19th Century England

After Sir Thomas Lawrence, 19th century Portrait of George Canning PM (1770-1827)



Height 39 1/2 inches (100.25 cm)
Width 33 inches (84 cm)
Depth 2 inches (5 cm)

After Sir Thomas Lawrence, nineteenth century

Portrait of George Canning PM (1770-1827)

Oil on canvas; held in period style frame

Provenance: An English Noble Collection

George Canning served as Tory prime minister from April 1827 until his untimely death of tuberculosis in that August. He was historically the shortest serving prime minister until Liz Truss stepped down after just 50 days in 2022.

Born into an Anglo-Irish family in London, Canning showed early intellectual promise and was raised as a ward of his uncle, Stratford Canning, after his father died in poverty and his mother became an actress. Although he began his career in politics with his views aligned with the Whig party, his distaste at the excessive radicalism of the French Revolution led him to seek the support of William Pitt the Younger and the Tory party when he entered parliament. He became a prominent figure in Westminster, famed for his oratory, and held a variety of cabinet roles, including that of Foreign Secretary during the Napoleonic Wars. Famously in 1809, following a disagreement over the deployment of naval troops, Canning was injured in a duel with his arch political rival within the Tory party, Lord Castlereagh. His policies as Foreign Secretary in the 1820s were pivotal in the independence of Latin America, recognising Mexico, Argentina, Colombia and Brazil as independent countries and encouraging trade with them, and all of those countries have streets or areas named after him.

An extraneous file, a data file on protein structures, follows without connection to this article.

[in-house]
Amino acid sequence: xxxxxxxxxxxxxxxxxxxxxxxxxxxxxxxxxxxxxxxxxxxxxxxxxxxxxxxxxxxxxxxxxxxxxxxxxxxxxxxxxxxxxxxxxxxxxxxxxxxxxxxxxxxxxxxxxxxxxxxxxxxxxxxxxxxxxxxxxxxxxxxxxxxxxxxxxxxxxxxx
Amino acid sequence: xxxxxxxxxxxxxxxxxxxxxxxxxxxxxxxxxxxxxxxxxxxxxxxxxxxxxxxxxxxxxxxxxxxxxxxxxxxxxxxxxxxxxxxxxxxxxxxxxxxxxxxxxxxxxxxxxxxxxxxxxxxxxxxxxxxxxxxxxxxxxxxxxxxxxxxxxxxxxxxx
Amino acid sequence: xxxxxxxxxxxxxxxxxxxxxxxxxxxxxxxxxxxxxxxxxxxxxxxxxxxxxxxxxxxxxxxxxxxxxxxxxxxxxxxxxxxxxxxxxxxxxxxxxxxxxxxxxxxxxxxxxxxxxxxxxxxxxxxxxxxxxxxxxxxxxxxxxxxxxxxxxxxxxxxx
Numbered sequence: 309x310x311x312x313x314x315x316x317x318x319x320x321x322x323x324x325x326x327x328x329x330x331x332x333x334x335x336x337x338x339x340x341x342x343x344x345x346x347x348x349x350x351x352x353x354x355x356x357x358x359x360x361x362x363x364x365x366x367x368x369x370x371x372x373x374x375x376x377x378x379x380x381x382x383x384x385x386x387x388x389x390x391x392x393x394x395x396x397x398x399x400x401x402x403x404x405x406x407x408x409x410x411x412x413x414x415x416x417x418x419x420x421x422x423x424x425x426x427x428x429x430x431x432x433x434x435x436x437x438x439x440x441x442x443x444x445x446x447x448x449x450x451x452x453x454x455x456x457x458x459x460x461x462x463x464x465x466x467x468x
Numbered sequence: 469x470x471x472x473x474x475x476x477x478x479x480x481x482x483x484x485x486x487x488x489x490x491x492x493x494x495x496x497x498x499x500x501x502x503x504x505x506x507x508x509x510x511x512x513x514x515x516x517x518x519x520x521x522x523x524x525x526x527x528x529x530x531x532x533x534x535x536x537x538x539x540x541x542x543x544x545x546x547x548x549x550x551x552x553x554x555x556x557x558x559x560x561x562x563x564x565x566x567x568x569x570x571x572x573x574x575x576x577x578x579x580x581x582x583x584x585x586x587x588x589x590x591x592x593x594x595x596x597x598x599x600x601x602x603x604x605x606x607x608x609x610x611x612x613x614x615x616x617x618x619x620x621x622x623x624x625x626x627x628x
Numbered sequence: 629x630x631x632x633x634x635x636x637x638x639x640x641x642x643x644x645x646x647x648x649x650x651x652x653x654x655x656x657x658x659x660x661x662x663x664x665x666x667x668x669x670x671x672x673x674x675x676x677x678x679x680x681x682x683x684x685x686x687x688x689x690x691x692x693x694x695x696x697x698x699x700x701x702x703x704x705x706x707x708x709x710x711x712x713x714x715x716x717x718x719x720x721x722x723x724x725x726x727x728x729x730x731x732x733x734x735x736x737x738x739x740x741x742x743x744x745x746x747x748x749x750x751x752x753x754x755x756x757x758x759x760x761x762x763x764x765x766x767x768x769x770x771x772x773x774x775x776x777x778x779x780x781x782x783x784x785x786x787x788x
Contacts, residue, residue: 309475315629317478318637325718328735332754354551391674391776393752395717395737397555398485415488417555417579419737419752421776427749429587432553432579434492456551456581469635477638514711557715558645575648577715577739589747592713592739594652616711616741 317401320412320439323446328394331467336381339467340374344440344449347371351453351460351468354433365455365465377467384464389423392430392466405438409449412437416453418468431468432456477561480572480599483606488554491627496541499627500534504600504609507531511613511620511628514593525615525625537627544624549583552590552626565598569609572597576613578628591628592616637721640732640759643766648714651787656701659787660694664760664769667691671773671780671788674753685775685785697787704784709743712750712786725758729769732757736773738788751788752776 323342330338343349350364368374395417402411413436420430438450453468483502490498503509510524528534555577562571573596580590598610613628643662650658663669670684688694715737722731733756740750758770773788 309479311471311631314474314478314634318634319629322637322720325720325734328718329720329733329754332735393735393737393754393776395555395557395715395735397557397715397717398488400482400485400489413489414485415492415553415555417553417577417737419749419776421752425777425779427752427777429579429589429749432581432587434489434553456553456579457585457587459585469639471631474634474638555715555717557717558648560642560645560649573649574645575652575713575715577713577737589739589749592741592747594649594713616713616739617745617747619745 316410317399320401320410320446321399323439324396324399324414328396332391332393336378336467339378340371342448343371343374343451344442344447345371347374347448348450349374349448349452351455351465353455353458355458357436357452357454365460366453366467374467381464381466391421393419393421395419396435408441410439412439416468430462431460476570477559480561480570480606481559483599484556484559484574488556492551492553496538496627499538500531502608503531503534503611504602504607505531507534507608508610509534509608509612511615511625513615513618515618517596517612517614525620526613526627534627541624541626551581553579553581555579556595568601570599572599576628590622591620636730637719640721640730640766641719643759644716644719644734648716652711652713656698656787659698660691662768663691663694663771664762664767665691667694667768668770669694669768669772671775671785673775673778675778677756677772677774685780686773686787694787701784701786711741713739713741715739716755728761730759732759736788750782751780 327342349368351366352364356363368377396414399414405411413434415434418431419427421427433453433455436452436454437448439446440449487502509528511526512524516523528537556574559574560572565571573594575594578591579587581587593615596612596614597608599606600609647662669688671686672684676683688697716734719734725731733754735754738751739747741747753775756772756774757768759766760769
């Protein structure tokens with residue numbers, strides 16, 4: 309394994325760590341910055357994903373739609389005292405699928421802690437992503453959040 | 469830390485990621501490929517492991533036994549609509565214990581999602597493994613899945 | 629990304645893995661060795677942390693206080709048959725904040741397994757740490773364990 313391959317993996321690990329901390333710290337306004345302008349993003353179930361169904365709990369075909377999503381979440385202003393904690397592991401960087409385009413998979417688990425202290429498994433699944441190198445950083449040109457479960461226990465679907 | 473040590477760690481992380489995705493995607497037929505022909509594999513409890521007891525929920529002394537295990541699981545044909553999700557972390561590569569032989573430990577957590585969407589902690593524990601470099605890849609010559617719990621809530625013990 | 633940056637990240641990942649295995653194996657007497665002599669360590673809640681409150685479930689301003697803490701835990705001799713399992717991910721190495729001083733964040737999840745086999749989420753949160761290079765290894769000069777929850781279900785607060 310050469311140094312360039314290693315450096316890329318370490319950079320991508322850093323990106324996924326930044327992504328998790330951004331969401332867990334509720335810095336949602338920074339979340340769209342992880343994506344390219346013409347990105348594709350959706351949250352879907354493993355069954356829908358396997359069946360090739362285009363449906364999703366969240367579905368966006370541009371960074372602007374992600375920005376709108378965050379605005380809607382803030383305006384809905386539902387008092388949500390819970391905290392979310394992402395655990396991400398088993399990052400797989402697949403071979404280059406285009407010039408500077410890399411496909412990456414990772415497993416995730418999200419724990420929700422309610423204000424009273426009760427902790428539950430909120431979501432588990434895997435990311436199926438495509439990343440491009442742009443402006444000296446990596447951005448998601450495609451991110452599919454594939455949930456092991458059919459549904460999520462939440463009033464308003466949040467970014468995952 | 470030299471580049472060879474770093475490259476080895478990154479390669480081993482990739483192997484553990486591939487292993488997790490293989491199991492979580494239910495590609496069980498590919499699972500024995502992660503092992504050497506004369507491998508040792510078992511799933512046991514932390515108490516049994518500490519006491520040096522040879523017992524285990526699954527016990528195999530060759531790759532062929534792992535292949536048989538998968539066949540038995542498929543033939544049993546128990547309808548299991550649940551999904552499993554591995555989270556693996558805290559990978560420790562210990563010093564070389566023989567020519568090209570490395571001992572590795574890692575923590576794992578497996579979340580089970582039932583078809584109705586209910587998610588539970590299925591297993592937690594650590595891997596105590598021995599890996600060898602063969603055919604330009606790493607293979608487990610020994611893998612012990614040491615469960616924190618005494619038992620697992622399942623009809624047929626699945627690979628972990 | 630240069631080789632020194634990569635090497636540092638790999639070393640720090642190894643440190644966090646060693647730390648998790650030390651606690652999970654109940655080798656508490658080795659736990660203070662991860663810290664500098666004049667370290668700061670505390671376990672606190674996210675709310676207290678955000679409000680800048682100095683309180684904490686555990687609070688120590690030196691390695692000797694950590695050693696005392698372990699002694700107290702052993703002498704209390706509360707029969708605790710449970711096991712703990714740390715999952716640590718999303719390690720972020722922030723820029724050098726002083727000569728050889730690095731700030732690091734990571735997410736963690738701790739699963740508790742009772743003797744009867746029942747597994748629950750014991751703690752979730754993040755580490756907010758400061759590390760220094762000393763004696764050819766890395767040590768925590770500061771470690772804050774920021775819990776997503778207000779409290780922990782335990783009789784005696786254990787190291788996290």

Lawrence made several portraits of Canning in different poses, the present painting is a reduced version of that commissioned by Canning’s alma mater Christ Church, Oxford in 1809. The picture was also engraved in mezzotint in 1813.

Reference: 3069 Categories: ,
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